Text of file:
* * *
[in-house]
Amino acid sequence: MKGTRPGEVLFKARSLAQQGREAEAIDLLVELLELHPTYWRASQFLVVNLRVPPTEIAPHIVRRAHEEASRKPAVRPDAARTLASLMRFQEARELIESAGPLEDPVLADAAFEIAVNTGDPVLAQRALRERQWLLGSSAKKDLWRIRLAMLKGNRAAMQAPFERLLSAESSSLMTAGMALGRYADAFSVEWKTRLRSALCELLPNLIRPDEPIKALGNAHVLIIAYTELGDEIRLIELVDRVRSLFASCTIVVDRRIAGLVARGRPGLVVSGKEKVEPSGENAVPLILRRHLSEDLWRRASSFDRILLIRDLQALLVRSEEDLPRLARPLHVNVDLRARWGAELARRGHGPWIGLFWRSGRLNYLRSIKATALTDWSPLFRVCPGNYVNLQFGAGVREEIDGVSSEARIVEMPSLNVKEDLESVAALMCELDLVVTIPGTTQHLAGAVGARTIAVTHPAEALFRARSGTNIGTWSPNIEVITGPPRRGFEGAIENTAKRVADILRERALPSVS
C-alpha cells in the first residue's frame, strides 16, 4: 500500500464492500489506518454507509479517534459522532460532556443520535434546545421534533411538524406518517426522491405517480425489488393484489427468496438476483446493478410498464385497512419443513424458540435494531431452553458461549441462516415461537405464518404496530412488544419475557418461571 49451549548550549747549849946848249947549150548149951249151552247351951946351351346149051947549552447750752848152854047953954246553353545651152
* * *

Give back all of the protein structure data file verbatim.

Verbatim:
[in-house]
Amino acid sequence: MKGTRPGEVLFKARSLAQQGREAEAIDLLVELLELHPTYWRASQFLVVNLRVPPTEIAPHIVRRAHEEASRKPAVRPDAARTLASLMRFQEARELIESAGPLEDPVLADAAFEIAVNTGDPVLAQRALRERQWLLGSSAKKDLWRIRLAMLKGNRAAMQAPFERLLSAESSSLMTAGMALGRYADAFSVEWKTRLRSALCELLPNLIRPDEPIKALGNAHVLIIAYTELGDEIRLIELVDRVRSLFASCTIVVDRRIAGLVARGRPGLVVSGKEKVEPSGENAVPLILRRHLSEDLWRRASSFDRILLIRDLQALLVRSEEDLPRLARPLHVNVDLRARWGAELARRGHGPWIGLFWRSGRLNYLRSIKATALTDWSPLFRVCPGNYVNLQFGAGVREEIDGVSSEARIVEMPSLNVKEDLESVAALMCELDLVVTIPGTTQHLAGAVGARTIAVTHPAEALFRARSGTNIGTWSPNIEVITGPPRRGFEGAIENTAKRVADILRERALPSVS
C-alpha cells in the first residue's frame, strides 16, 4: 500500500464492500489506518454507509479517534459522532460532556443520535434546545421534533411538524406518517426522491405517480425489488393484489427468496438476483446493478410498464385497512419443513424458540435494531431452553458461549441462516415461537405464518404496530412488544419475557418461571 49451549548550549747549849946848249947549150548149951249151552247351951946351351346149051947549552447750752848152854047953954246553353545651152